Friday was apparently “International Women’s Day.” Social media was flooded with posts celebrating women. Even I shared a collage of some favorite Catholic women saints on Instagram, just because I liked most of the saints pictured and the witness they provide for my faith and vocation.
But in retrospect, the whole thing is a little unsettling.
Celebrating International Women’s Day is all well and good I suppose, though it has some socialist origins which I am not okay with but that’s a separate blog post… but while we’re at it, why don’t we have an International Men’s Day?
March is Women’s History Month, Friday was International Women’s Day, and there’s also a Women’s Equality Day and an International Day of the Girl… but why don’t we have a day to celebrate the men who support us, love us, protect us, and sacrifice for us?
A quick Google search will tell you that there is, in fact, an International Men’s Day but it’s quite clear that it doesn’t receive near as much attention as International Women’s Day or the slew of other “women-centered” holidays out there.
What about a day to celebrate the self-sacrificial men out there… the gentle, loving men who put their families first… honor their wives… give 100% of themselves to their kids… work long hours to provide for their family …
Or the ones who spend hours in confessionals absolving sins and bringing the peace of Christ… the ones who spend months overseas on deployment… the ones who work nights patrolling rough streets to serve and protect…
The career men, the stay at home dads, the single men, the married men, the discerning men, the men who give their lives to Christ in the priesthood…
Why don’t we celebrate them? Because if we’re celebrating International Women’s Day to commemorate the accomplishments and “equality” of women, then these men who give so much of themselves to love and to serve absolutely deserve to be celebrated, too.
It reminds me of earlier this week when, in the office I work in, a group of seminarians came for a tour. It was a group of some of the most polite, cordial men I’ve met in a long time. These are men in their late teens and early twenties who are so actively discerning God’s will for their lives that they’ve already given God a gigantic “yes” by attending seminary to see if God is calling them to serve as His priests. They have already put their lives in God’s hands in this way at a time when it seems so so difficult to be or to try to become a Catholic priest.
Sure, I know there are some bad men out there. Ones that hurt, use, take advantage, abuse, etc. They are broken souls in need of prayer. But I’m not talking about them here. Those men are not representative of all men and to lump all men into that category because of the disgusting actions of a few is a huge injustice.
Let’s celebrate the good, good men who bless our lives instead of helping to perpetuate a culture that says we as women don’t need them.
I think I found the bulk of the International Women’s Day stuff so unsettling because of the way so many of these celebratory posts painted it as “women” being this exclusive group… it conveyed, intentionally or not, an “us vs. them” mentality that seemed to imply the demand for something other than mere “equality” with men.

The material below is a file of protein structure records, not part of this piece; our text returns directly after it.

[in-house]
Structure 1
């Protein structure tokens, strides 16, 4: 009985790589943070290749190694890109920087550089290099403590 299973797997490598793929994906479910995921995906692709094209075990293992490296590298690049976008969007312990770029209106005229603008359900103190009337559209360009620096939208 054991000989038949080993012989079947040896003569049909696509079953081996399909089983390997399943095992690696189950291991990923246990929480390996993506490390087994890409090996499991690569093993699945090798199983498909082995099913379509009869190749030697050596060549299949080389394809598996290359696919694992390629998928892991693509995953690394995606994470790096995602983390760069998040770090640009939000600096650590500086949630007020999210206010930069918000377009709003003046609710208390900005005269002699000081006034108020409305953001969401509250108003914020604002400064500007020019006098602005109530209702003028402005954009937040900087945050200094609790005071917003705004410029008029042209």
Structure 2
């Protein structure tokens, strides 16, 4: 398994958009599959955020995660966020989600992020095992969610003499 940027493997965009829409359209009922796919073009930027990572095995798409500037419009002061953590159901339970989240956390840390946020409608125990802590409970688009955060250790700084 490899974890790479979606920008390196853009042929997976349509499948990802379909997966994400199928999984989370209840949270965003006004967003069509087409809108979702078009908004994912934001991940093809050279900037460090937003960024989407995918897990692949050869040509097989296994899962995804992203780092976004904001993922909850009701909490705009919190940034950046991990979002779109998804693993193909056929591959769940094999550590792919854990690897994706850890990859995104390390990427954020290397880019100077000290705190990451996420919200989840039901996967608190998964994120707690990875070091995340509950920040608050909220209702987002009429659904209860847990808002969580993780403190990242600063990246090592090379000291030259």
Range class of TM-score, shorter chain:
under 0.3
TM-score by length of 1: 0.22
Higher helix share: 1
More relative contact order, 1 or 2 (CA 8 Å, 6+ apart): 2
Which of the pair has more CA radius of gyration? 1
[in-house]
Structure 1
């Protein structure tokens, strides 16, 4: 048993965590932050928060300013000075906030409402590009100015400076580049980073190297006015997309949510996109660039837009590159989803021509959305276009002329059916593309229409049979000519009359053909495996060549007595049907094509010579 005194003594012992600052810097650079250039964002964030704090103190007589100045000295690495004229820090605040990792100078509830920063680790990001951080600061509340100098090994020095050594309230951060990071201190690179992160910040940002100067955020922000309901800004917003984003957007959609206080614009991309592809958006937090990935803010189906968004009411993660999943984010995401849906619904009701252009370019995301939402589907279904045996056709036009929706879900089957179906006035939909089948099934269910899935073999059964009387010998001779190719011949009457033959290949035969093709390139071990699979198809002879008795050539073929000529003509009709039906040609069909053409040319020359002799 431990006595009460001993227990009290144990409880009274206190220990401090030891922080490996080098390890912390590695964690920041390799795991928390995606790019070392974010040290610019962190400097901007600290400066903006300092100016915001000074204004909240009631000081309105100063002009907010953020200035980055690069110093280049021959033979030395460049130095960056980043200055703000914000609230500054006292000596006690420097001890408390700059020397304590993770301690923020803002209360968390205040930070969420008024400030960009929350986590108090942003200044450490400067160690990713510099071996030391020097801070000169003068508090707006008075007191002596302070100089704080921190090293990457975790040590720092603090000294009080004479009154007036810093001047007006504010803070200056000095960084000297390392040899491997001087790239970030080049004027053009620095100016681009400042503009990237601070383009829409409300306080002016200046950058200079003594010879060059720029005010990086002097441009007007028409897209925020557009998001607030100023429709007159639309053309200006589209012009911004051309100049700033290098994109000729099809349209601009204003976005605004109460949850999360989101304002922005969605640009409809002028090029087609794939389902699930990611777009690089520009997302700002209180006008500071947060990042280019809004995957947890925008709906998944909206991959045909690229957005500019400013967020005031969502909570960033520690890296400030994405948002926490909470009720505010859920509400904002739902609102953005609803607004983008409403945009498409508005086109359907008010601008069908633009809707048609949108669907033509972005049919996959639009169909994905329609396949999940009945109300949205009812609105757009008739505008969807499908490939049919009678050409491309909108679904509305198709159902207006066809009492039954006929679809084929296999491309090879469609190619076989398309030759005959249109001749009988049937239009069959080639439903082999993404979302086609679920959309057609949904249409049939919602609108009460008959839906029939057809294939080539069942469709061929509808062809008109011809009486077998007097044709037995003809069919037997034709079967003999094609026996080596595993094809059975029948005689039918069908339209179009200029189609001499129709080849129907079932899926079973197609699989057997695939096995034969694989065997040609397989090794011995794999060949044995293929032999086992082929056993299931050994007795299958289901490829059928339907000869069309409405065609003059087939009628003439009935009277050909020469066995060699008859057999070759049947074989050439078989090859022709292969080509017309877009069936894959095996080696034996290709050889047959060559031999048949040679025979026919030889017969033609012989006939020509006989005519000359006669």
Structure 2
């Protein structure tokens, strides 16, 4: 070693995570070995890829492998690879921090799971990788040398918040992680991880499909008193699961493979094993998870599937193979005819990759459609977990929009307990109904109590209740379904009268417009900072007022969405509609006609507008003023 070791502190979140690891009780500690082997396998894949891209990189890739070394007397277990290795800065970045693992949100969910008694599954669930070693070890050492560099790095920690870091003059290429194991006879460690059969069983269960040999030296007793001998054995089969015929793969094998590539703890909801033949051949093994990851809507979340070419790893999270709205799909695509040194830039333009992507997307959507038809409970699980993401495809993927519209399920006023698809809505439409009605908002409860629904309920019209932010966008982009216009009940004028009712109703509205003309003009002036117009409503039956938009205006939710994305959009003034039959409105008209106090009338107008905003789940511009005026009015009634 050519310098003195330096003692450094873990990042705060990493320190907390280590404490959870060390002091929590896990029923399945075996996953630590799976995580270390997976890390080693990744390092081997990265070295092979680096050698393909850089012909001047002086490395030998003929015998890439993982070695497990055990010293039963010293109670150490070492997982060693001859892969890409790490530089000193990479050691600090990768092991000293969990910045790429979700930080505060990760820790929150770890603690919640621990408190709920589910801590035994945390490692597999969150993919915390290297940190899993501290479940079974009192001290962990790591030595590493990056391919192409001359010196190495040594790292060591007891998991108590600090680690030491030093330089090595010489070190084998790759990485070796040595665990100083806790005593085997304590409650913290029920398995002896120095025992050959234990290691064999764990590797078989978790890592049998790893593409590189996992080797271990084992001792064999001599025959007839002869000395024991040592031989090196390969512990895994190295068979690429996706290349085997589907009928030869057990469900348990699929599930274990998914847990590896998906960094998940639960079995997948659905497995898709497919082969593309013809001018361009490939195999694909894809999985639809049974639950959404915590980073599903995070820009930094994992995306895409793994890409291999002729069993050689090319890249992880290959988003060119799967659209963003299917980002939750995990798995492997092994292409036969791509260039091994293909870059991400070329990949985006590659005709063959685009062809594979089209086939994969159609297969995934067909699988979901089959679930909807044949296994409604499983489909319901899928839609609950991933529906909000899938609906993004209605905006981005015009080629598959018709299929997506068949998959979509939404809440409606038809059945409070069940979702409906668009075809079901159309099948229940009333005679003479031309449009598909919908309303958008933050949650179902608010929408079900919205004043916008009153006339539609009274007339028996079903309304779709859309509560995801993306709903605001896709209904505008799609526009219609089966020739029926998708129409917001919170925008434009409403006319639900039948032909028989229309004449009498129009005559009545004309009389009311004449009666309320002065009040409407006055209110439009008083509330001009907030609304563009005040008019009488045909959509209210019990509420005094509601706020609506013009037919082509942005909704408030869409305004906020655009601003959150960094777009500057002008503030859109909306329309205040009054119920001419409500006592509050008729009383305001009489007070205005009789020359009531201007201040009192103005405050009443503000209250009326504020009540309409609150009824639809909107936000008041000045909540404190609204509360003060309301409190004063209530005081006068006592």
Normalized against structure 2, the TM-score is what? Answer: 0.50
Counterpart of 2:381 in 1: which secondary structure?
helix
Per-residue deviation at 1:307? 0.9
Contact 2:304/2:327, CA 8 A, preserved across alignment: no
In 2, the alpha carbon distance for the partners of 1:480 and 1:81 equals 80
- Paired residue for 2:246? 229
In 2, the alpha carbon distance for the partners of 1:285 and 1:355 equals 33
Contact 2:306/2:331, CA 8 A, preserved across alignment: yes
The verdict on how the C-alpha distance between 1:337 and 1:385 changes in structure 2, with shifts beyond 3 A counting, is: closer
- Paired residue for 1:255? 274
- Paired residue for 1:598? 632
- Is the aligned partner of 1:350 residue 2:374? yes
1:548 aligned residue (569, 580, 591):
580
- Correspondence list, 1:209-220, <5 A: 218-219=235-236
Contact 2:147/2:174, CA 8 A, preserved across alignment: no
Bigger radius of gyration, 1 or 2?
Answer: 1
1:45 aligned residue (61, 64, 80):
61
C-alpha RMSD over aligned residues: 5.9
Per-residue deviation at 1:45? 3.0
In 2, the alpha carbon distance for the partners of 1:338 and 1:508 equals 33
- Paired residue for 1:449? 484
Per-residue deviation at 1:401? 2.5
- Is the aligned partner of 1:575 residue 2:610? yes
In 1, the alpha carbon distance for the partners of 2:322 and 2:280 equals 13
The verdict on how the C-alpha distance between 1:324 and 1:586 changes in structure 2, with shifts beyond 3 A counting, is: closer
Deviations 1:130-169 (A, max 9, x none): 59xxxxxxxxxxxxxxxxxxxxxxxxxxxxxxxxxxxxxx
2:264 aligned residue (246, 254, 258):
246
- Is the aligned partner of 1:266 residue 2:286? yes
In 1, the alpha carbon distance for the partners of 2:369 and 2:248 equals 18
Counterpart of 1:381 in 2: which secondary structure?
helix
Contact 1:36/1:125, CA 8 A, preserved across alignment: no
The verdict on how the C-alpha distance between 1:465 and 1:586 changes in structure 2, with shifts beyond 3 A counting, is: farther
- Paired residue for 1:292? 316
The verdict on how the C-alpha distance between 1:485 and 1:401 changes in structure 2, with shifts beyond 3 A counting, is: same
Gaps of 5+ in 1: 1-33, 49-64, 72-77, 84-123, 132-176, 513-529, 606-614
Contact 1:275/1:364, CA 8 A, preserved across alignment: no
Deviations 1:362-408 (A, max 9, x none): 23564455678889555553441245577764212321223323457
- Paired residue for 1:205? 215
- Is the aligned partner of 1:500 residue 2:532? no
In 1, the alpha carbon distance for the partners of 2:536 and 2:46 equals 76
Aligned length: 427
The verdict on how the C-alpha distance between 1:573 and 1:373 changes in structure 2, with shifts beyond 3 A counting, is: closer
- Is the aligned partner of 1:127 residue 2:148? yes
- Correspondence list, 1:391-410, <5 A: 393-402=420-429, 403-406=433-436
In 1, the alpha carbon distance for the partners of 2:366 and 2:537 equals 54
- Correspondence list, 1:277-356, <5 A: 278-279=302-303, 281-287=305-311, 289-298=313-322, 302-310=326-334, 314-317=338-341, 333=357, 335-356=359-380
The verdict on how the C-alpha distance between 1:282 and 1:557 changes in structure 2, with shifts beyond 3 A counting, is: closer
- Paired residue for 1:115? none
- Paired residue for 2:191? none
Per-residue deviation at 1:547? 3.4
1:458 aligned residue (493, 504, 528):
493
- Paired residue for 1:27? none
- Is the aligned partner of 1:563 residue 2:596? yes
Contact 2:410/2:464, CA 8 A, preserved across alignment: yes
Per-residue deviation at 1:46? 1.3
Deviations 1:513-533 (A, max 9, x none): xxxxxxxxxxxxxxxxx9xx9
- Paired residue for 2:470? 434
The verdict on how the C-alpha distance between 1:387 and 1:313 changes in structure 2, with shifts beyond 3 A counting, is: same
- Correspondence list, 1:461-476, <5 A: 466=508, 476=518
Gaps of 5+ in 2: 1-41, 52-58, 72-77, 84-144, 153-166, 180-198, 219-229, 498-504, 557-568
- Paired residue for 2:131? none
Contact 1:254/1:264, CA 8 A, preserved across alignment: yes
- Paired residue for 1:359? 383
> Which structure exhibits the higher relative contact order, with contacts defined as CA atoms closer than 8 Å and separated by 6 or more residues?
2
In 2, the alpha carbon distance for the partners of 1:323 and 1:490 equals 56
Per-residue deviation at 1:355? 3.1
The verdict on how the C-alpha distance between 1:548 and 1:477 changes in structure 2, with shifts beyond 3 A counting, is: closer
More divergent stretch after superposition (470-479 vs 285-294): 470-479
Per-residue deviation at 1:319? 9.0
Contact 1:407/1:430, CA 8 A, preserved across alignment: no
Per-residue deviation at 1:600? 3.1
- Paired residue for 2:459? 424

A culture that continually says that women are the same as men is implicitly saying that we as women don’t need men, that we can do everything ourselves, that we are “just as good” as men. I’m going to say something really controversial here… we do need men.
Good men complement us as women. Men have qualities that women do not have — they see the world in a way that we do not. Just the same, women have qualities that men do not have, and we see the world in a way that they do not. And there is nothing wrong with this — it’s the nature of things, the way that God created us, and in fact it’s quite beautiful. This doesn’t mean women are inferior or can’t have careers or do whatever they aspire to do because we aren’t exactly like men. It means we do those things in a way unique to us, because of those qualities and attributes we have because we are women.
Instead of casting aside our femininity in an attempt to be more like men like the culture would have us do (which in doing so implies that well, we must not be good enough since we’re trying to be more like men…) we should embrace the feminine genius as well as the beautiful complementarity that men bring to the picture.
Marriage is THE perfect example. I am a better person because Jesse complements me in so many ways. And I have no shame in saying that. But this also goes for the workplace or for friendships. Men and women need each other, whether personally or professionally, because our qualities bring out the best in the other. That is not to say that one is inferior than the other. We are complementary, and when we embrace that and celebrate it, it’s pretty darn beautiful.
So to the good, good men out there and especially the ones in my life — my husband, my brother, my dad, my cousins and uncles, my friends, my priests and pastors, THANK YOU for being the good men that you are. You might love and serve unnoticed and unrecognized, and you might not have a day honoring yourselves, but I celebrate and appreciate you and all that God created you to be.